One general licence was issued this quarter to allow third parties to pay a designated person’s legal expenses under both the Act and the al-Qaeda and Taliban asset-freezing regime.
No licences were varied or revoked this quarter.
Two legal challenges against designations made under the 2009 order were ongoing in the last quarter.
Operation of the Terrorist Asset-Freezing etc. Act 2010 (after 17 December 2010)
The Act contains a transitional provision that ensures that all designations and licences made under the 2009 order remain valid as final designations under the Act until 17 March 2011. All UK asset freezes are therefore currently under review to consider whether they should be renewed under the new Act. The review process will be completed by 17 March 2011.
No new designations or licences were made under the powers of the Act between 17 December and the end of the quarter.
The Independent Reviewer
Under the Act the Treasury is required to appoint an independent reviewer to review the operation of the domestic terrorist asset-freezing regime. The independent reviewer will report on the first nine months of the regime and every 12 months thereafter.
The Treasury has decided to appoint David Anderson QC to the role of Independent Reviewer. He has recently been appointed by the Home Office as the independent reviewer of counter-terrorism legislation.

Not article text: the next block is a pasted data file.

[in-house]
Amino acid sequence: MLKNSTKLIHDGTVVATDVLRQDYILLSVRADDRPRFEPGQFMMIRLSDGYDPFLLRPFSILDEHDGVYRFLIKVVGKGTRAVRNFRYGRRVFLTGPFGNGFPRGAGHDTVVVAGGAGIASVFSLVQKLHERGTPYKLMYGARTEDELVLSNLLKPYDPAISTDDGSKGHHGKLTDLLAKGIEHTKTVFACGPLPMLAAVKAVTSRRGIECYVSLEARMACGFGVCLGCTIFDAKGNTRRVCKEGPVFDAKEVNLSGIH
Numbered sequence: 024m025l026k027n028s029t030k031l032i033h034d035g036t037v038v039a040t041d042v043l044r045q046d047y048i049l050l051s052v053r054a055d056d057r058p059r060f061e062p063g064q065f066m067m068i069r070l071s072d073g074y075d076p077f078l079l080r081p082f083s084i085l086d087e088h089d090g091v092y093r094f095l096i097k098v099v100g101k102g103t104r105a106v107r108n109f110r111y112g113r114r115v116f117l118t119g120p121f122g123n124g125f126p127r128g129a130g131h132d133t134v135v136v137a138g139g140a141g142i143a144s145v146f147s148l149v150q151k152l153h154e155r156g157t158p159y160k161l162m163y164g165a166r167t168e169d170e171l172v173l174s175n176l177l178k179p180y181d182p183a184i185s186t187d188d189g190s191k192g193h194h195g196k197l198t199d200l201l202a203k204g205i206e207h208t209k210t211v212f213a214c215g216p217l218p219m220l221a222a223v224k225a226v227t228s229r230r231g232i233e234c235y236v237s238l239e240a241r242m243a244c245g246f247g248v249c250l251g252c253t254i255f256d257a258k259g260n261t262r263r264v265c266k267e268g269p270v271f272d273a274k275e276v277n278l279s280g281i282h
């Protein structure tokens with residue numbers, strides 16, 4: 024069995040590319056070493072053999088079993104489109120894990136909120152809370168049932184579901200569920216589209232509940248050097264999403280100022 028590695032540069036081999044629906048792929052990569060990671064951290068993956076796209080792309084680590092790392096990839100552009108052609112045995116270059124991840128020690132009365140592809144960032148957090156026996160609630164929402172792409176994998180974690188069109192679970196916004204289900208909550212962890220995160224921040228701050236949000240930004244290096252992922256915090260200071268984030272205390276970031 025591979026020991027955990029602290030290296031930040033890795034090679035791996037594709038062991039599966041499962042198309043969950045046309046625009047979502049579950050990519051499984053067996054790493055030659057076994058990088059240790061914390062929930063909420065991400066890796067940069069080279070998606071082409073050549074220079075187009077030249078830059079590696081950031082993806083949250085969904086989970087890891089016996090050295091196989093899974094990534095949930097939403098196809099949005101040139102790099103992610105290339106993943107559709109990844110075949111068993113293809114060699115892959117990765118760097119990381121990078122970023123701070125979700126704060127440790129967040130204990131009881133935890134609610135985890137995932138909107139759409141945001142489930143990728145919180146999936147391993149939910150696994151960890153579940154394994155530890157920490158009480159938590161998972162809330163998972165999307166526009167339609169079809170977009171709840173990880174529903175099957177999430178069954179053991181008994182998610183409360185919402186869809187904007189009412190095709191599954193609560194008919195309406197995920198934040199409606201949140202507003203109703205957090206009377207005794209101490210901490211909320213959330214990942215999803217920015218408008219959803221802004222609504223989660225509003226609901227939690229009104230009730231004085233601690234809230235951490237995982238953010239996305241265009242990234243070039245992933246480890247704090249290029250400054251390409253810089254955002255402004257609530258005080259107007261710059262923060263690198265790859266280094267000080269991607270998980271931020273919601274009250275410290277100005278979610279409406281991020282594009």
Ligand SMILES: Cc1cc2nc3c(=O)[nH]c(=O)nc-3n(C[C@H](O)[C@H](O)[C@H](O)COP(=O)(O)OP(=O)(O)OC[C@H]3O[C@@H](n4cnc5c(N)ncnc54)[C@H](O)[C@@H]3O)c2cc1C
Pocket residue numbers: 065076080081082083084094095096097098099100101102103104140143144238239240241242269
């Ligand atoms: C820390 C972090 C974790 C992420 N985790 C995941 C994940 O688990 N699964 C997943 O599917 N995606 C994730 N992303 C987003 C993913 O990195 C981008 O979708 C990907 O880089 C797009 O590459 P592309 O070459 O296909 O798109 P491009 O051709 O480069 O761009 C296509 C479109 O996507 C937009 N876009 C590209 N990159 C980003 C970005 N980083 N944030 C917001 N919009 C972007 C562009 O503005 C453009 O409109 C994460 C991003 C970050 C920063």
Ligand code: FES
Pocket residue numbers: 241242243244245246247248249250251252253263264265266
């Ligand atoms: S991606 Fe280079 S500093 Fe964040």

(2) UN al-Qaeda and Taliban Asset-Freezing Regime
The UN al-Qaeda and Taliban asset-freezing regime is implemented in the UK through EC Regulation 881/2002. Enforcement measures are provided for in the UK’s al-Qaeda and Taliban (Asset-Freezing) Regulations 2010.
As of 31 December 2010, a total of 112 accounts containing just under £140,0003 were frozen in the UK under the al-Qaeda and Taliban asset-freezing regime.
During this quarter, the EU added five people to its list made under EC Regulation 881/2002, implementing the UN al-Qaeda and Taliban asset-freezing regime established under UNSCR 1267.
One licence was issued this quarter in relation to one person subject to an asset freeze under the al-Qaeda and Taliban asset-freezing regime.
No specific licences were varied or revoked this quarter. The general licence referred to above also applies to the UNSCR 1267 regime.
In the quarter October to December 2010, no proceedings were taken for breaches of the prohibitions of the 2009 order, the Act or the al-Qaeda and Taliban (Asset-Freezing) Regulations.
1 The detail that can be provided to the House on a quarterly basis is subject to the need to avoid the identification, directly or indirectly, of personal or operationally sensitive information.
2 This figure reflects the most updated account balances available and includes approximately $64,000 of suspected terrorist funds frozen in the UK. This has been converted using exchange rates as of 12/01/11.
3 Includes approximately $64,000 of suspected terrorist funds in the UK.